Public comment at Tuesday’s SF Board of Supervisors veered into a cesspool of racist ant anti-semitic comments, in a pattern we’re seeing proliferate across the Bay Area, and really, the whole country.
Readers of this site are well aware that local government meetings’ public comment sessions can often devolve into eccentric chaos. But things went especially off the rails at Tuesday’s SF Board of Supervisors meeting, which featured many commenters and characters chiming in on matters like eighth-grade algebra and reparations (which were items on Tuesday’s agenda), plus rants about the Bible, and their conspiracy theories about secret government surveillance programs (which were not on the agenda). And as she does every week, the board’s clerk Angela Calvillo did her diplomatic best to warmly say,“Thank you for your comment,” and attempted to sound like she meant it.
But the remote public comment session Tuesday, where people can just call in anonymously and say whatever they want without accountability, turned into a rash of four racist and anti-semitic comments in about a 15-minute span.
“We need to purchase as many cattle cars as we can and ship these (n-words) and (k-words) back to their homeland,” one commenter said. Another complained about “racism against white people” and offered some explanation of “This is the reason the Jews were called that.” That was followed by a commenter identifying himself as “Kai Kater” who said “I just don’t feel like white Europeans should have to pay reparations when all the slave ships that brought Blacks here were Jewish-owned ships.” The whole thing hit boil a when the next commenter led with “These vermin (k-words) brought the (n-words).”
A furious Board President Aaron Peskin cut the whole thing off. “I fought to have unlimited remote public comment. I will be introducing a change to the Board rules,” he said, referencing his previous support of remote public comment. “This will be done. Ain’t gonna happen in these chambers in this city. It is over.” Indeed, today’s Chronicle notes that Peskin is considering ending remote public comment altogether.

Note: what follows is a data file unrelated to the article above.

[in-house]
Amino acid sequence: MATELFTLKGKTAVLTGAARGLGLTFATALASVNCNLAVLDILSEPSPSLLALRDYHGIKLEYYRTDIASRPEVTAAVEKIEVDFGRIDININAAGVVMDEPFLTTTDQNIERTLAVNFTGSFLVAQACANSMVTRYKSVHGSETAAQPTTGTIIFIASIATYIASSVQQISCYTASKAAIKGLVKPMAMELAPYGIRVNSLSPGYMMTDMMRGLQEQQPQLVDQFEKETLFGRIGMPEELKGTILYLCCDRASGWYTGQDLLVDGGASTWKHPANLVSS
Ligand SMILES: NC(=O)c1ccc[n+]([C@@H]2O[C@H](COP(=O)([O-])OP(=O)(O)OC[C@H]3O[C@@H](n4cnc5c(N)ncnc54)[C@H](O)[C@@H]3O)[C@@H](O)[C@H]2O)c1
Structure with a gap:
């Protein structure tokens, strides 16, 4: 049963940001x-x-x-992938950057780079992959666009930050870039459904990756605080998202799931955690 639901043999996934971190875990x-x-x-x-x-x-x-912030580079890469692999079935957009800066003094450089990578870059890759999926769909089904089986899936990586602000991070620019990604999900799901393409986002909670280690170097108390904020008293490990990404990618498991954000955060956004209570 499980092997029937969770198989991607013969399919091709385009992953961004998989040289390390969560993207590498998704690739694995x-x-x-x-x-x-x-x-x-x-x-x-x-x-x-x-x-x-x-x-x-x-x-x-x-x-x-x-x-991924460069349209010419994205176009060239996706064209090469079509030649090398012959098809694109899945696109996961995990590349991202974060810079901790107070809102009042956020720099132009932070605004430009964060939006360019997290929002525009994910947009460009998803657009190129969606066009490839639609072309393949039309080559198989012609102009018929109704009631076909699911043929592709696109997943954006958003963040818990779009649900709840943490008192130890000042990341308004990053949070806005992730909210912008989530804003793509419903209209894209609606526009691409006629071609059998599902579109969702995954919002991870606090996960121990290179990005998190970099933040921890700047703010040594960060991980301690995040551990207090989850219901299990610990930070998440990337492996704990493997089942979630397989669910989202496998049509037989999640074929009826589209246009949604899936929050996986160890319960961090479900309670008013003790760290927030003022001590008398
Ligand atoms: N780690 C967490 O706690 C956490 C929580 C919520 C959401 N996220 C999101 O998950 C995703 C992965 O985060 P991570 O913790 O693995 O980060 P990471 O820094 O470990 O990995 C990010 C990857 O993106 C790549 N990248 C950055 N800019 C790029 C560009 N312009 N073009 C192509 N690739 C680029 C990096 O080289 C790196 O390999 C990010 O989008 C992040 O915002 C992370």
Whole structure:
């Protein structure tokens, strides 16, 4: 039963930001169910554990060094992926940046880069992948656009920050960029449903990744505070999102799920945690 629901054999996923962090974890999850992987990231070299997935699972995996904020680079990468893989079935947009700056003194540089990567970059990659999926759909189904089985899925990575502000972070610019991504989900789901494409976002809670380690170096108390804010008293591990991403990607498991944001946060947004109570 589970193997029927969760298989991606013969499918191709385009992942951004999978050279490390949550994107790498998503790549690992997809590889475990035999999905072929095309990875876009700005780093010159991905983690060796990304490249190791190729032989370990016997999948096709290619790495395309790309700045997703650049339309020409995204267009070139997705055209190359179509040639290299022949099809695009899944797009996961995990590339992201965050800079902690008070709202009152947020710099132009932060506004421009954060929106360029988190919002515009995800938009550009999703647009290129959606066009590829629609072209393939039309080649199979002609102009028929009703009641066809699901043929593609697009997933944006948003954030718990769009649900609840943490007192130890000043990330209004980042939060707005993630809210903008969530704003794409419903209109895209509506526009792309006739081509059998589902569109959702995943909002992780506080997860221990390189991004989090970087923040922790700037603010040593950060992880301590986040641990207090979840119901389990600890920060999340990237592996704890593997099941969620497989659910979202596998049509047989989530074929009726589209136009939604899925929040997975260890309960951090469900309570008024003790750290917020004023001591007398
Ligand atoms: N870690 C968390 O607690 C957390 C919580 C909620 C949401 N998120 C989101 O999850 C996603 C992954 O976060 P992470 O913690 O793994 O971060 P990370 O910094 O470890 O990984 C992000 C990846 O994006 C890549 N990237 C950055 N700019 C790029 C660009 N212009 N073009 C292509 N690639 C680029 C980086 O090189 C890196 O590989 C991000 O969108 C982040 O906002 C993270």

This is not just a San Francisco phenomenon. The Bay Area News Group reports that two Marin County meetings were disrupted by racist slurs in public comment, both the night of September 20. That night in Tiburon, the News Group reports that one commenter “denied the existence of the Holocaust, while the other made slurs and threatened violence against Jews." That same night in Larkspur, the News Group says “two public commenters made racist and antisemitic slurs, laughed and repeatedly used white supremacist phrases.”
Meanwhile up in Santa Rosa, the Press Democrat reports that the Santa Rosa City School District is limiting public comment to in-person commenters and email because of similar bigoted public remarks. According to a release from the district, “a series of disruptive hate speech comments and inappropriate behavior” forced the decision. That same report notes that Sonoma County supervisors limited public comment to those in person after racist and homophobic comments disrupted meetings for two weeks in a row.
The News Group adds that hate speech has also recently disrupted city council proceedings "in Walnut Creek, San Jose, Richmond and elsewhere, to gatherings of agencies such as the South Bay’s Valley Transportation Authority," and, "Attendees were shocked by sudden racial slurs, pornographic images and more."
This is effectively a nationwide problem, and is also happening as far away as Bangor, Maine.
“Public meetings across the country are under attack by white supremacists. They are coordinating and victimizing public meetings,” the Bay Area's Anti-Defamation League regional director Marc Levine told the News Group. “They’re not happening in isolation and it’s very important to understand that. These are coordinated attacks by these extremists to peddle in hate and stoke fear.”
It comes down to a classic ‘This is why we can’t have nice things.’ Remote public comment serves a critical role for those who aren’t able to attend meetings that are inconveniently timed for those with work or family obligations. But the process is being broken by what seems a coordinated effort, if not an informal one, and is apparently inspiring copycat acts. So we may lose remote public comment, in SF and across the country, and it's all thinks to the racists and the bigots testing boundaries.